Come be part of these important conversations at the Basillie School of International Affairs, with a reception to follow.

Click here to register for the Saturday workshop

Event: Narratives of Central American Migrants Living in Mexican Limbo – March 26th 12:00-1:30

Narratives of Central American Migrants Living in Mexican Limbo: Student-Led Research in Mexico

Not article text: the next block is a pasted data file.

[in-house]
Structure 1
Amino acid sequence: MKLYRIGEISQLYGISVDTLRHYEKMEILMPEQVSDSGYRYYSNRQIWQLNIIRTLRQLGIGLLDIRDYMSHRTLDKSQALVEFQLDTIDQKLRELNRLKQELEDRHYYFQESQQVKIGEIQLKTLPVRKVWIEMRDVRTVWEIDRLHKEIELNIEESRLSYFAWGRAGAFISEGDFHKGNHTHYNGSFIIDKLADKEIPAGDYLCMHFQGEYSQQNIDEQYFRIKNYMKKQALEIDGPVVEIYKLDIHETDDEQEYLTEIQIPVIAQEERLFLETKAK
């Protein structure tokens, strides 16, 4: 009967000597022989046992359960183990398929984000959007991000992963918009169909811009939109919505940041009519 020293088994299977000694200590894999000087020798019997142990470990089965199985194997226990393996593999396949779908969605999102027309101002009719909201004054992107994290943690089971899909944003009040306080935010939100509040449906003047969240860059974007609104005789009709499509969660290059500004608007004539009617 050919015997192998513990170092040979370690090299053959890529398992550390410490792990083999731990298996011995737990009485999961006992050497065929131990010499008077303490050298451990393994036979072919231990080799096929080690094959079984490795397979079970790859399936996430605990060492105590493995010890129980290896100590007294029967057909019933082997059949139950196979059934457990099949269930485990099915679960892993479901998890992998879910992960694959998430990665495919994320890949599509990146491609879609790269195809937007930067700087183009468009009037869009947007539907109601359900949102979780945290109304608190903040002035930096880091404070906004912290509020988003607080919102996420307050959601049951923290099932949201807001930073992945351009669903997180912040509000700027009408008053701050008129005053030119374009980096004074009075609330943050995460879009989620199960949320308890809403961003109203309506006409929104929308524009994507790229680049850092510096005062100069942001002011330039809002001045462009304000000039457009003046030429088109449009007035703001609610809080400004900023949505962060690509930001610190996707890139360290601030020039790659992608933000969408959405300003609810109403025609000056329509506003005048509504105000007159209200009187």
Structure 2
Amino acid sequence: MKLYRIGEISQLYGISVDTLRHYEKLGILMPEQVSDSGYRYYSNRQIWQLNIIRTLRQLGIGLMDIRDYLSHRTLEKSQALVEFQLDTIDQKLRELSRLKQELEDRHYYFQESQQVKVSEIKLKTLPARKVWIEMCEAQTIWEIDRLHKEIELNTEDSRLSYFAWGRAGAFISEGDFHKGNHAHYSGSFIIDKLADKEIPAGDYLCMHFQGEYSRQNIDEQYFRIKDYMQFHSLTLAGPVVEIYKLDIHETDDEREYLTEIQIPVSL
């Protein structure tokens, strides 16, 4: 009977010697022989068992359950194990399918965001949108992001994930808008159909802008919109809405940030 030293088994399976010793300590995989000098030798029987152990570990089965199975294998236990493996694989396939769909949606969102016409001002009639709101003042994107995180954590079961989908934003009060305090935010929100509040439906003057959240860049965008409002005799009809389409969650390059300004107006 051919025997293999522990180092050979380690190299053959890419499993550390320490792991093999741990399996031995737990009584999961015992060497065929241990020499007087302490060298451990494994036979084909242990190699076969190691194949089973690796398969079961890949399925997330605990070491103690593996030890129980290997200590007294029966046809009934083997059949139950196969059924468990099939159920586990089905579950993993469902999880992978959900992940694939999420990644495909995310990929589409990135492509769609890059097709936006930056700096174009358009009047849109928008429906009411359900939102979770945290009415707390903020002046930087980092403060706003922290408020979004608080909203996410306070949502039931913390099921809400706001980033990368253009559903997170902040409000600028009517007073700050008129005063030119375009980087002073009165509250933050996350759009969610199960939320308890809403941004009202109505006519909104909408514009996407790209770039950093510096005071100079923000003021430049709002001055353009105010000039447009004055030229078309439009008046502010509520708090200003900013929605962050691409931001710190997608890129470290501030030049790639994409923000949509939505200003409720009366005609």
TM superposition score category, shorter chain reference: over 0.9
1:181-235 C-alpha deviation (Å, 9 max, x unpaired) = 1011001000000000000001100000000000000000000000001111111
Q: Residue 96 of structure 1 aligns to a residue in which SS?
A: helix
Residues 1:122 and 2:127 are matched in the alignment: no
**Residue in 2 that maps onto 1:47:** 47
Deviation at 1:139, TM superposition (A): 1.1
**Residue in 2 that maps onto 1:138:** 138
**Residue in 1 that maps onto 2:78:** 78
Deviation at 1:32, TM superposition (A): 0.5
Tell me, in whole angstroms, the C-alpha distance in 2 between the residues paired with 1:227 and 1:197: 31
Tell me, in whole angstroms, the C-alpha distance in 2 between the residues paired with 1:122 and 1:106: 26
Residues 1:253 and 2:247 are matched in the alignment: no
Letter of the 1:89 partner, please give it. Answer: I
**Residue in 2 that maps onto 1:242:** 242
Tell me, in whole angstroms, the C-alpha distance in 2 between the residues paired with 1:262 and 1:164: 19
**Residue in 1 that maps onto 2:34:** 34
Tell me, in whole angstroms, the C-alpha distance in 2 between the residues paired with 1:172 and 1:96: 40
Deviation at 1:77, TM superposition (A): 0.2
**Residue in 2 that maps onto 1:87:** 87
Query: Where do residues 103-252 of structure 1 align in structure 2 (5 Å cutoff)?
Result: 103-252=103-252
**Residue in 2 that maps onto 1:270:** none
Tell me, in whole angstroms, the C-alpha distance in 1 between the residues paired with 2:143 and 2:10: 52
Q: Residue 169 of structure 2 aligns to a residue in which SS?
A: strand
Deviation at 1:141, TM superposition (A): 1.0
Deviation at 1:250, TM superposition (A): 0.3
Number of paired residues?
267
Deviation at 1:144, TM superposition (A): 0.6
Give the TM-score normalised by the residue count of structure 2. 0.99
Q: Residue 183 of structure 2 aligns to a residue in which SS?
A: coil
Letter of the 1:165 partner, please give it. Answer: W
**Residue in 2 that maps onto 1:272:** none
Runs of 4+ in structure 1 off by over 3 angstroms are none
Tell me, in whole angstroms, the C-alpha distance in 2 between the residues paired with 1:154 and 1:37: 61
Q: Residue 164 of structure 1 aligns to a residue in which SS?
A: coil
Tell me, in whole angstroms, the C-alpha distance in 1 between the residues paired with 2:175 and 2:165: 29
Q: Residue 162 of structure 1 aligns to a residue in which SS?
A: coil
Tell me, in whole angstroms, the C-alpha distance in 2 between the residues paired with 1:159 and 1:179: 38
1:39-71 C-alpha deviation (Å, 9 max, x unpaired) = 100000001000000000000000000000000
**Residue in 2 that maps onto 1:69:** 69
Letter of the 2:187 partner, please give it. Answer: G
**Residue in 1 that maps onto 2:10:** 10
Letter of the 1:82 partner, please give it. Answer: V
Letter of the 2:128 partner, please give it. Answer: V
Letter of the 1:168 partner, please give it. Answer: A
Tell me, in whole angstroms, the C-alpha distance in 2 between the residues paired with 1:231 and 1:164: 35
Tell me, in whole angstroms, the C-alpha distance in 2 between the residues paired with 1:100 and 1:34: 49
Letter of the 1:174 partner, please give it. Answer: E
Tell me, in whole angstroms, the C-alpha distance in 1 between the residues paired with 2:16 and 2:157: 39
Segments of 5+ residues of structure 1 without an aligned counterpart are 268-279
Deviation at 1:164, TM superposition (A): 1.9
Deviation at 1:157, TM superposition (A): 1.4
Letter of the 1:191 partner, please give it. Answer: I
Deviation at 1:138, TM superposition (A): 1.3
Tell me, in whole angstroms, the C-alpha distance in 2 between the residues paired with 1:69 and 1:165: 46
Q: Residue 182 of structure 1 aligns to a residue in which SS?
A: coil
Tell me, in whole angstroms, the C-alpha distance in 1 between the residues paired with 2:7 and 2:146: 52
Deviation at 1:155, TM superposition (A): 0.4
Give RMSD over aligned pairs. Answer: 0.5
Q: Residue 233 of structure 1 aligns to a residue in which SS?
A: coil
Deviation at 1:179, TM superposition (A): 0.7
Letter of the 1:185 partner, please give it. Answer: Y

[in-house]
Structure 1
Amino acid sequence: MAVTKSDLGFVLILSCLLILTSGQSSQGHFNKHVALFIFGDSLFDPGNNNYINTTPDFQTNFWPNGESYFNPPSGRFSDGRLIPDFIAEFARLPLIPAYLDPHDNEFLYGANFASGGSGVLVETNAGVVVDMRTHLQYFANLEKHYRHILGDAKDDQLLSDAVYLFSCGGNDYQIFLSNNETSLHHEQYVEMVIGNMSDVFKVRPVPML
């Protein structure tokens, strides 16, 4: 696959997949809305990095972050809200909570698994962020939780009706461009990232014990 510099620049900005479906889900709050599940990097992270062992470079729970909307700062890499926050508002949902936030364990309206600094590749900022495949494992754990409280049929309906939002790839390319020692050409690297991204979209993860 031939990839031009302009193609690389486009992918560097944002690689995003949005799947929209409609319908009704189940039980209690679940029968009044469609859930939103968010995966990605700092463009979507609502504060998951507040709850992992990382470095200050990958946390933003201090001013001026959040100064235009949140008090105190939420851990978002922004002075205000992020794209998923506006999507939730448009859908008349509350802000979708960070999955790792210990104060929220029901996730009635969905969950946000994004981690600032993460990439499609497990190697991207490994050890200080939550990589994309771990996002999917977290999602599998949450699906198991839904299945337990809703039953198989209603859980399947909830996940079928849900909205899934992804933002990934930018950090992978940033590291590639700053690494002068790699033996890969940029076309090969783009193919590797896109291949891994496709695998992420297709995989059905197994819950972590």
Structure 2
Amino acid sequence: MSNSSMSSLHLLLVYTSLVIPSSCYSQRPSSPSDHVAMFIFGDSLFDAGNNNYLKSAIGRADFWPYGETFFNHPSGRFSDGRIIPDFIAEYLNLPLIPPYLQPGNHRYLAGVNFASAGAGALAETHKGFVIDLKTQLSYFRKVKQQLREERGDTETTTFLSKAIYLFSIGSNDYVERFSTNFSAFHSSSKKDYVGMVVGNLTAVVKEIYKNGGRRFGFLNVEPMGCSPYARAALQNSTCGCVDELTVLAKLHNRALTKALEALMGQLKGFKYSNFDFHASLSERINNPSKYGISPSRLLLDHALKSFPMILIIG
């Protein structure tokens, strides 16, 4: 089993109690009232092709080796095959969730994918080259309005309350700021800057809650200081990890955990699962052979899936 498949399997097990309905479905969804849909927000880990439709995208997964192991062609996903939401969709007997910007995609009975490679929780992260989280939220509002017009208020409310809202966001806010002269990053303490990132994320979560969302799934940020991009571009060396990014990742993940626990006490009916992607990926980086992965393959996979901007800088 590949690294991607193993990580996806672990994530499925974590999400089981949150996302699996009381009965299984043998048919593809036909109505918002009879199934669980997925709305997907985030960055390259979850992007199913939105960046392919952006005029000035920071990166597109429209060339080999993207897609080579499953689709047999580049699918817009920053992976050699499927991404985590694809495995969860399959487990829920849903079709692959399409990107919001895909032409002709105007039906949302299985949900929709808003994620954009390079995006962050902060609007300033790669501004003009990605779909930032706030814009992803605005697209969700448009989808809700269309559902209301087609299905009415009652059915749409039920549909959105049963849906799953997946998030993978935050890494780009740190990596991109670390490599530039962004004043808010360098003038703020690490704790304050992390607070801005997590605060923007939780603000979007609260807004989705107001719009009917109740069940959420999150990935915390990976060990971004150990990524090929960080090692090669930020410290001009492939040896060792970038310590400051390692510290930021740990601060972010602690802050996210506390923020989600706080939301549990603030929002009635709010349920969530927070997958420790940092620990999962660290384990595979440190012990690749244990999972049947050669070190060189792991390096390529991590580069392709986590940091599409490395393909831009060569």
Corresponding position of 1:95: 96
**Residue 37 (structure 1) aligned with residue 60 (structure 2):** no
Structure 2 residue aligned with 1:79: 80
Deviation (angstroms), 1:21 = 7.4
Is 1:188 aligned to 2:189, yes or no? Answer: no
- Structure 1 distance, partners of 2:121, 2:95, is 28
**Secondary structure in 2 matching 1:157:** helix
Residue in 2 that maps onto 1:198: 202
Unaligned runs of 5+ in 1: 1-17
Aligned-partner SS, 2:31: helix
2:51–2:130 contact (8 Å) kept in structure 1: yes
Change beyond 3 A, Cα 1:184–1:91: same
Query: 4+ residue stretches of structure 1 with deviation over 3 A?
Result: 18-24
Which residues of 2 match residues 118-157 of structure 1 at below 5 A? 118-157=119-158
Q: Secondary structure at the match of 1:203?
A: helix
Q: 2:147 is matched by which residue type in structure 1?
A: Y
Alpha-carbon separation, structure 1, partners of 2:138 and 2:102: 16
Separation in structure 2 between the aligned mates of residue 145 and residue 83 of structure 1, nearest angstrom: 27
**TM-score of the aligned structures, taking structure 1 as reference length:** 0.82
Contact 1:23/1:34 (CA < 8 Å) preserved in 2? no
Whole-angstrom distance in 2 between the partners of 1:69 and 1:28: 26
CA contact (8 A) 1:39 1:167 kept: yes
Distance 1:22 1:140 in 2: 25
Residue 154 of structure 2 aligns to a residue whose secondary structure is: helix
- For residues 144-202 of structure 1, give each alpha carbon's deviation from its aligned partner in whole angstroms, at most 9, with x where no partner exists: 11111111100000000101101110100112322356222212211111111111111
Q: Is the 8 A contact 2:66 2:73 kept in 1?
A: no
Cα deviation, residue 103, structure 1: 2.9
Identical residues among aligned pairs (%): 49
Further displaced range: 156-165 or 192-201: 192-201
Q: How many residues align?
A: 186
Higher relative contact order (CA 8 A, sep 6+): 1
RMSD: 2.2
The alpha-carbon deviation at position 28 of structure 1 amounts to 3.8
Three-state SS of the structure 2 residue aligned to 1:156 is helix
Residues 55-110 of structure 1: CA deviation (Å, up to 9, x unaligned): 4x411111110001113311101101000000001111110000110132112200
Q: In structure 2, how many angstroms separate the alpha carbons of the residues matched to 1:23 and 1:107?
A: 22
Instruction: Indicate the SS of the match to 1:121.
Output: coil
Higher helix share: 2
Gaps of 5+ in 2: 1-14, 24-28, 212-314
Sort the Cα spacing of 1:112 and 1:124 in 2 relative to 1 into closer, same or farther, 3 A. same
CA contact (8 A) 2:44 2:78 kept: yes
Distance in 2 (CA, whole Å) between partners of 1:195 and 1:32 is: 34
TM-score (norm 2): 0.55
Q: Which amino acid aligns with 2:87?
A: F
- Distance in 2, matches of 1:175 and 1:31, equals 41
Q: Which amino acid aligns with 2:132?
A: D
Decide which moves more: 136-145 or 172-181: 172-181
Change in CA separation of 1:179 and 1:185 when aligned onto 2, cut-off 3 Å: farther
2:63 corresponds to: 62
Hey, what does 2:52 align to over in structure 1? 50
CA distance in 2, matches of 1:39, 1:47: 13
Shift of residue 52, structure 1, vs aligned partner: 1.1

Large-scale Central American migration to the United States is not new or unique. The Northern Triangle region of El Salvador, Guatemala, and Honduras continues to suffer from poor political and socioeconomic conditions, including some of the world’s highest homicide rates and widespread gang violence, which drive ongoing migration toward the north. Men, women and children enter Mexico through its southern border with Guatemala and attempt to make the dangerous journey north to the United States. What is new about this phenomenon, however, is that Mexico is no longer a transit country for Central American migrants, but rather a receiving country where these people must exist in a state of precarious limbo. Deterred from crossing the northern border by the anti-immigration legislation of the current presidential administration in the United States and unwilling or unable to return to where they came from, many migrants are now staying in Mexico. This presentation will focus on the estimated thousands of Central American migrants who stay in Mexico and do not reach the coveted “north”. Informed by an anti-oppressive theoretical framework and the first-person narratives of migrants residing temporarily in shelters in central Mexico, the presentation will explore how Central American migrants from the Northern Triangle negotiate through the new environment in Mexico, including economic survival, violations of basic human rights, and the bureaucratic hurdles of making asylum claims. The presentation will be based on qualitative interview data collected by Laurier undergraduate students who participated in my HR361 Migration and Human Rights Field Course in 2017.